Pavel Petrovich Parenago

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Pavel Petrovich Parenago
Born (1906-03-20)20 March 1906
Krasnodar, Russia
Died 5 January 1960(1960-01-05) (aged 53)
Nationality Soviet
Fields Astronomy
Institutions Moscow State University, Soviet Academy of Sciences
Alma mater Moscow State University
Known for Research in galactic astronomy
Notable awards Order of Lenin, Bredikhin Prize
Notes

Pavel Petrovich Parenago (20 March 1906 – 5 January 1960) was a Soviet scientist, astronomer, and professor. He served as the head of the Department of Stellar Astronomy at M.V. Lomonosov Moscow State University and a Corresponding Member of the Soviet Academy of Sciences.[1][2]

Early life and education[edit]

Pavel Petrovich Parenago was born into the family of a physician on 20 March 1906, in Krasnodar, present-day Russia. He completed his middle school education in Moscow in 1922, having begun scientific work while still in senior classes. He went on to graduate from Moscow State University in 1929 as a trained and qualified scientist.[1]

Research[edit]

In 1932, Parenago began studies of the structure and kinematics of the Milky Way based primarily on star data. He and a colleague, B.V. Kukarkin, began an extensive compilation of variable star data. During his studies, Parenago observed approximately 3,000 stars in the Orion nebula region of the galaxy, the nearest star creating region to the Sun.[2]

Parenago then assumed a post at Moscow University as reader in stellar astronomy, becoming the first person to teach a lecture course on the subject of galactic astronomy in the Soviet Union in 1934.[1][2] In 1939, he gained full professorship and organized the Department of Stellar Astronomy, which he was named head of in 1940. Parenago then authored a textbook entitled Course in Stellar Astronomy.[1]

In 1940, Parenago began investigating the absorption of light in interstellar space, during which he made discoveries relevant to this area of research. He also had an avid interest in amateur astronomy and published works and lectured in order to educate the public on the subject.[1] He performed research on dwarf stars, hoping to find a cause for their unusual velocities, as well as the dynamics of star systems.[2]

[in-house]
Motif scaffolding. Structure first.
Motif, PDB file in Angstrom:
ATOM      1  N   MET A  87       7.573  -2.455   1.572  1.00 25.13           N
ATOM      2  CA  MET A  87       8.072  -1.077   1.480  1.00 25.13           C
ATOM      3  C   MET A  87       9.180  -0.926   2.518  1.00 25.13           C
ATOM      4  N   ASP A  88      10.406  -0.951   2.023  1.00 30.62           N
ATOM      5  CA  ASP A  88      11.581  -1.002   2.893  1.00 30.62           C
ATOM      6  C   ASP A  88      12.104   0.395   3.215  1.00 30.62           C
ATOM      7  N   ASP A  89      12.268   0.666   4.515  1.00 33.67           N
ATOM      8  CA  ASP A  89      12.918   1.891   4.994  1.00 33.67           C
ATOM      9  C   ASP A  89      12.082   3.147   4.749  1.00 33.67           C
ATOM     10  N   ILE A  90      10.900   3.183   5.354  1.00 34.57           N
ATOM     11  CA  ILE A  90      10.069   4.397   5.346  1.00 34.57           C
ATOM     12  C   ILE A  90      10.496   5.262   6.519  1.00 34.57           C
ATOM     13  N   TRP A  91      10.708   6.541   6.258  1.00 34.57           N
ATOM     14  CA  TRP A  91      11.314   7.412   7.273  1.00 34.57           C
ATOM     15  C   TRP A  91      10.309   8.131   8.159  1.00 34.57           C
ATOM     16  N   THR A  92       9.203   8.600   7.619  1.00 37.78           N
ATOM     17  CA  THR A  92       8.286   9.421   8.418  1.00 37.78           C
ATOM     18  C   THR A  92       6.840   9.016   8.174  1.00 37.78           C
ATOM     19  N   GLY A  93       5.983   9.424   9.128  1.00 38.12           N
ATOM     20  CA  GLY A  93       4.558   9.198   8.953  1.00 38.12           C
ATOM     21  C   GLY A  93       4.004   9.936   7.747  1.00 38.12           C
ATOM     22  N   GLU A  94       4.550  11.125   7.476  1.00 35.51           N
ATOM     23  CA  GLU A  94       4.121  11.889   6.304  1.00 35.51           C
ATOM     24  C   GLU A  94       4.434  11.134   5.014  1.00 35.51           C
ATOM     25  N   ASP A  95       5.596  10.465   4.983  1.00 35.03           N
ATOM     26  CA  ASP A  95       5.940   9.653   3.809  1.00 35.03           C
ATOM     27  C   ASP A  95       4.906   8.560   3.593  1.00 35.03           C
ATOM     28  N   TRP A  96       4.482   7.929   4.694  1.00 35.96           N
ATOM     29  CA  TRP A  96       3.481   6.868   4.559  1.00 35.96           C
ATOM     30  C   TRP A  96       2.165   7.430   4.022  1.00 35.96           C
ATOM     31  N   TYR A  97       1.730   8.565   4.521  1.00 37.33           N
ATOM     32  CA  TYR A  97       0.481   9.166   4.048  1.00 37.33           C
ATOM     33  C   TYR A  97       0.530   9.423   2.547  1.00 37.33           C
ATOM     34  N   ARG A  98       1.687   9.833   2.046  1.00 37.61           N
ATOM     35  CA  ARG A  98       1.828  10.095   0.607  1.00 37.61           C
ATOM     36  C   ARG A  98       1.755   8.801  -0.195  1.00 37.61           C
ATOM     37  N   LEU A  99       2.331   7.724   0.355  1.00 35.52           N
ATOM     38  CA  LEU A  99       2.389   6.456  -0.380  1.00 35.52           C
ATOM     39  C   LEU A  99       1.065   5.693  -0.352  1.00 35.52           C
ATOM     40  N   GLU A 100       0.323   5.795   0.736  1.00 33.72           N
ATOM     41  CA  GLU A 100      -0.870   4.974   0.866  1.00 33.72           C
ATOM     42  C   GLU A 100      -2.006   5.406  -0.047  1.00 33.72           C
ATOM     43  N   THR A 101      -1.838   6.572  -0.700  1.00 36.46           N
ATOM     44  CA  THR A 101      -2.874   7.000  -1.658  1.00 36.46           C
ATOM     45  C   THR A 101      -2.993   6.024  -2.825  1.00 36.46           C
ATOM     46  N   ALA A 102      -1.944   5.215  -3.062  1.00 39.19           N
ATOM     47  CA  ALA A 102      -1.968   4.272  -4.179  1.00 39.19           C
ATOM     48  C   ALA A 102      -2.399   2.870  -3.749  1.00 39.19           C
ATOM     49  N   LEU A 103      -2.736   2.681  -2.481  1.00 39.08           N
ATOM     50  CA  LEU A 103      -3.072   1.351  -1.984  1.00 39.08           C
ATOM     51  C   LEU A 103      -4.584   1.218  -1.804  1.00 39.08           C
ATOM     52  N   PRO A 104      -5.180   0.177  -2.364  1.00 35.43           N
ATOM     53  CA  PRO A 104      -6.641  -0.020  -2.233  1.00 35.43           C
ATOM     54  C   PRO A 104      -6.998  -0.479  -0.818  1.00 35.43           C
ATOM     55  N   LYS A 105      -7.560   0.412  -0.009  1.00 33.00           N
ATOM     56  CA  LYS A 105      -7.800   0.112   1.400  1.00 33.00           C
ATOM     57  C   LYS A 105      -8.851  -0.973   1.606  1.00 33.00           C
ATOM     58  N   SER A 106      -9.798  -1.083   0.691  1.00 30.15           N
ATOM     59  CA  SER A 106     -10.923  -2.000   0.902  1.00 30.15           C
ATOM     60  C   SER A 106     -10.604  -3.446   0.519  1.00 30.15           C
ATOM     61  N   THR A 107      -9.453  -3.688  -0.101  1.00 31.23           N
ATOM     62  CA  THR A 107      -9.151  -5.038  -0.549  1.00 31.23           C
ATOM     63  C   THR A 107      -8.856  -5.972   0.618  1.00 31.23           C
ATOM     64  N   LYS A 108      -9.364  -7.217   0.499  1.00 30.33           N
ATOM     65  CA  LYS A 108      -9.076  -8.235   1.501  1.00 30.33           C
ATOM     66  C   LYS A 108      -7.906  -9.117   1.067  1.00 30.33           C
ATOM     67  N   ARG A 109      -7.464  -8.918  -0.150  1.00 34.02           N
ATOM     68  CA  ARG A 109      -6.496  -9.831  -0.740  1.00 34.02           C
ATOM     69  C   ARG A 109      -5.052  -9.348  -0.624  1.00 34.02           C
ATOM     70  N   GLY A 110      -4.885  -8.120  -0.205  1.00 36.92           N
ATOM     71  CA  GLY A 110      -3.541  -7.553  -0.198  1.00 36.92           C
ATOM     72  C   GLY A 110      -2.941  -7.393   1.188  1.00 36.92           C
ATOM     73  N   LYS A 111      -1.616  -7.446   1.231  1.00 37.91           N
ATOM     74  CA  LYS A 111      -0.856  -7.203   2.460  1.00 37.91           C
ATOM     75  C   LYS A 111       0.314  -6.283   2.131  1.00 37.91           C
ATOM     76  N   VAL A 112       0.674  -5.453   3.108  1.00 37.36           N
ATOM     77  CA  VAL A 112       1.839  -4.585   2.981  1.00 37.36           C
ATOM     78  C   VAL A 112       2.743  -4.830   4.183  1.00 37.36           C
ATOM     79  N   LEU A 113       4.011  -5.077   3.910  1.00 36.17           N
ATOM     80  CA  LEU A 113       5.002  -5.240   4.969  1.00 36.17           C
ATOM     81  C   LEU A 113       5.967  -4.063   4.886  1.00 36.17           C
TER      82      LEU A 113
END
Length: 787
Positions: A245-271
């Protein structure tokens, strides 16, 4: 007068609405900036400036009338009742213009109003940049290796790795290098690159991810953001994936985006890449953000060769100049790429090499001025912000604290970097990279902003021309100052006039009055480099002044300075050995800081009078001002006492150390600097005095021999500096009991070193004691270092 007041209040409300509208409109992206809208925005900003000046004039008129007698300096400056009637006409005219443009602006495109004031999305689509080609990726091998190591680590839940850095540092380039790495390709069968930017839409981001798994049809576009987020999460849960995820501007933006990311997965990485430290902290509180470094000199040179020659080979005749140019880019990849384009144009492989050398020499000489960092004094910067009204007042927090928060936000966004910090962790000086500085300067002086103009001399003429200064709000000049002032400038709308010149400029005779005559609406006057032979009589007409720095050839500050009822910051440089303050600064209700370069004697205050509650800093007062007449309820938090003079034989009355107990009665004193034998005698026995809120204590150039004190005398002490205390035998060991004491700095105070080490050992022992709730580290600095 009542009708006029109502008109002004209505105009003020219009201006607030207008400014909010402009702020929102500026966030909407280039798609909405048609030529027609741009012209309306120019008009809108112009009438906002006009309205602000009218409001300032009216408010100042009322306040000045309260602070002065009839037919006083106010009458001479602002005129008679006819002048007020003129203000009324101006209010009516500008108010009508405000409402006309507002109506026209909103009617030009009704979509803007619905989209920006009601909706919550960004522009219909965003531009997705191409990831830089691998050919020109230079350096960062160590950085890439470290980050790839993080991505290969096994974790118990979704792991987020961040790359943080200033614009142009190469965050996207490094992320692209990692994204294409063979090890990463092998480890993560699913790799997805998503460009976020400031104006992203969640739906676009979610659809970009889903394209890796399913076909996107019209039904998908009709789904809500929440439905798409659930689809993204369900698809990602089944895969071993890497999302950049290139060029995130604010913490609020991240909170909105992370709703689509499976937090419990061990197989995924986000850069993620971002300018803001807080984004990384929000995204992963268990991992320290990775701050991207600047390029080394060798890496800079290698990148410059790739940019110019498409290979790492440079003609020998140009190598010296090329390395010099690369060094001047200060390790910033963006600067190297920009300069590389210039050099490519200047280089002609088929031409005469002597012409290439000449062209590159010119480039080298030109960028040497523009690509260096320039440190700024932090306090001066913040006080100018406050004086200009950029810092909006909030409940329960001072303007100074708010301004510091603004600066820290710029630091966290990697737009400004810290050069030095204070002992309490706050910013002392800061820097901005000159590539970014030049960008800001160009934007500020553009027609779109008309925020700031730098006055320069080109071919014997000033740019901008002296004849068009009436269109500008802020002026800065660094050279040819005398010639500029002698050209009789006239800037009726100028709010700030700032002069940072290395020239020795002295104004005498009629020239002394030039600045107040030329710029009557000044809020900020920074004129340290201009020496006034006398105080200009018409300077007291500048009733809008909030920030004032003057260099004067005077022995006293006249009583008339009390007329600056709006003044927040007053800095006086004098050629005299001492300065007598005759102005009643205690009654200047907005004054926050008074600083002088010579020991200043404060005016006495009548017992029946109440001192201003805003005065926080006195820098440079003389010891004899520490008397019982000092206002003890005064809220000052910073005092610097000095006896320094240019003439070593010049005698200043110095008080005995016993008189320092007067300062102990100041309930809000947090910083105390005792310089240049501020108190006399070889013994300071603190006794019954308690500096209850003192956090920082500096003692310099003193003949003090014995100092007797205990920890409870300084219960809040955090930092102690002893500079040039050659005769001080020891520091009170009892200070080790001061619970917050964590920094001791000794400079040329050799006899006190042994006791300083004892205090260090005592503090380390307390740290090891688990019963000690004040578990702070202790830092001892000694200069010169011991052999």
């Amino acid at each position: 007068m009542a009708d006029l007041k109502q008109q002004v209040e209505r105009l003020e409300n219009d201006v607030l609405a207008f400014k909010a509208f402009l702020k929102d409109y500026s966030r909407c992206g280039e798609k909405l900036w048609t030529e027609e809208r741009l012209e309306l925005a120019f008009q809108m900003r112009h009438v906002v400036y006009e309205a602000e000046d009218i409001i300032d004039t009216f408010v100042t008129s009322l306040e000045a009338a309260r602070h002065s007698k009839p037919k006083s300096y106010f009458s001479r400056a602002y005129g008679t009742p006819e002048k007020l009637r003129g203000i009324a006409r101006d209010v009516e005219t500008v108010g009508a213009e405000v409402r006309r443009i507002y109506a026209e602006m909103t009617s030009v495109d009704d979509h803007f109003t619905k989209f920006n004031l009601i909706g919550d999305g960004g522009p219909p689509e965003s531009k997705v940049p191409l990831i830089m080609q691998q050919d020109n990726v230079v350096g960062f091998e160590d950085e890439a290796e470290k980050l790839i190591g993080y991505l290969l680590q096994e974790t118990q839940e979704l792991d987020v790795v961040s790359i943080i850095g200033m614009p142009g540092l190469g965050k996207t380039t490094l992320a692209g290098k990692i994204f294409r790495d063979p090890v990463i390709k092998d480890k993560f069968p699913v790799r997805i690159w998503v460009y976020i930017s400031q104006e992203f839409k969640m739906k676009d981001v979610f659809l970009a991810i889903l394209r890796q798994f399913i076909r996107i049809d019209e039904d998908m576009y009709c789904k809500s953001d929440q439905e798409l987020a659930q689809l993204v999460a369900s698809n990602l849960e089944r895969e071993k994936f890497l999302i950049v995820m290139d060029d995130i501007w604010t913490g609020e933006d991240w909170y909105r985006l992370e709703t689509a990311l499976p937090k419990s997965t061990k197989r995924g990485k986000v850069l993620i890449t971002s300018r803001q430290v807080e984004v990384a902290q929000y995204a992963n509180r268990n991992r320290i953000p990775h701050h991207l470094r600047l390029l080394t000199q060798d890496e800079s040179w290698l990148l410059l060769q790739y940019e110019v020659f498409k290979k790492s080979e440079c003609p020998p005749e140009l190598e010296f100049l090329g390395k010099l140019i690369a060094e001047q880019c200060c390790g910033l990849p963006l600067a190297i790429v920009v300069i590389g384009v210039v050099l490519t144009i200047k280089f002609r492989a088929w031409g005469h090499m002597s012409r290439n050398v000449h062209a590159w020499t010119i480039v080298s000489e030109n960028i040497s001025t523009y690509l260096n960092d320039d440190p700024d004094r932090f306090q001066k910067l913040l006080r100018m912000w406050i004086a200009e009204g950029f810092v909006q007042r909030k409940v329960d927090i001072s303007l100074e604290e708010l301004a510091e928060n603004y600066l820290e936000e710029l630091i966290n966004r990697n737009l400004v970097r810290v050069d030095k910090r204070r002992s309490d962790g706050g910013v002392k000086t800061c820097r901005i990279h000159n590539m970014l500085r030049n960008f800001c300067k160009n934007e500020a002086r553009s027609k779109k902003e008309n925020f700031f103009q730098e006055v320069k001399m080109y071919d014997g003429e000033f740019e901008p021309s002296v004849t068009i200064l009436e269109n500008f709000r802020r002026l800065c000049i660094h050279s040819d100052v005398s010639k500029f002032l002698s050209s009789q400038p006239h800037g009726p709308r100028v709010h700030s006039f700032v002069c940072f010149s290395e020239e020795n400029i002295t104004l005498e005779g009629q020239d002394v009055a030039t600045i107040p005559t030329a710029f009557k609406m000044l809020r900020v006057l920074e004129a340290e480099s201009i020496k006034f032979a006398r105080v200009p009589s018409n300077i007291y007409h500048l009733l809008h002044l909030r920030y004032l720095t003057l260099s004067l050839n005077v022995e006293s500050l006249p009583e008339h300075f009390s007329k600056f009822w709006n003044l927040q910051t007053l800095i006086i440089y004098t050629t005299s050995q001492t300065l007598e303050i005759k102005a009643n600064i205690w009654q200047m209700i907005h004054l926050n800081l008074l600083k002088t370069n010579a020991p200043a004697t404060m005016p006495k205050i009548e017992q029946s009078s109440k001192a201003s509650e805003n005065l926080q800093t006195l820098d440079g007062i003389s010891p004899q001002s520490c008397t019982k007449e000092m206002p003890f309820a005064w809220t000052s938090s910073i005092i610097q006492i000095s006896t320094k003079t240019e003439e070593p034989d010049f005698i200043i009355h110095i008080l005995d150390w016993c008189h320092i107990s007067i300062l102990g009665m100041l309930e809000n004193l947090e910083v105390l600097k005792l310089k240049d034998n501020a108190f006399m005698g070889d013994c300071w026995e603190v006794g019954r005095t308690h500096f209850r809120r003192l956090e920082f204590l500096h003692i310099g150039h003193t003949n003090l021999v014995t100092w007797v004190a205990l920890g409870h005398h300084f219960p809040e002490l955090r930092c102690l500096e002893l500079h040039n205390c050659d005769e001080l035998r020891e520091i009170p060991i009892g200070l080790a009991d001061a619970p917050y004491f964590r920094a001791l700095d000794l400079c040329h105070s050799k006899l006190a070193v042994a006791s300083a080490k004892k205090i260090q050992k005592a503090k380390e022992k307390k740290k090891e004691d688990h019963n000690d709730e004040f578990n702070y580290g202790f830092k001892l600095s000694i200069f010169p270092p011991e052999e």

After being elected Corresponding Member of the Academy of Sciences in 1953, he became the first person to be awarded the Bredikhin Prize, an award founded by the Academy, in 1954.[2]

In the later part of his life, Parenago spent much of his time revising his earlier works until his death in 1960 after an illness lasting several years.[1]

Recognition[edit]

Parenago was awarded the Order of Lenin for contributions to Soviet science. An asteroid, 2484 Parenago, and a lunar crater, Parenago, are named after him.[1][3][4]

References[edit]

  1. ^ a b c d e f g h "Obituary: Pavel Petrovich Parenago". Soviet Astronomy 4: 183–184. 1960. Bibcode:1960SvA.....4..183. 
  2. ^ a b c d e f Rastorguev, A. (April–June 2006). "Pavel Petrovich Parenago All-Russian Astronomical Conference ‘Stellar Systems’" (PDF). Astronomical and Astrophysical Transactions 25 (2–3): 119–121. Bibcode:2006A&AT...25..119R. doi:10.1080/10556790600918547. Retrieved 13 March 2011. 
  3. ^ "2484 Parenago". Jet Propulsion Laboratory/California Institute of Technology. Retrieved 13 March 2011. 
  4. ^ "Parenago". Gazetteer of Planetary Nomenclature. International Astronomical Union. Retrieved 13 March 2011.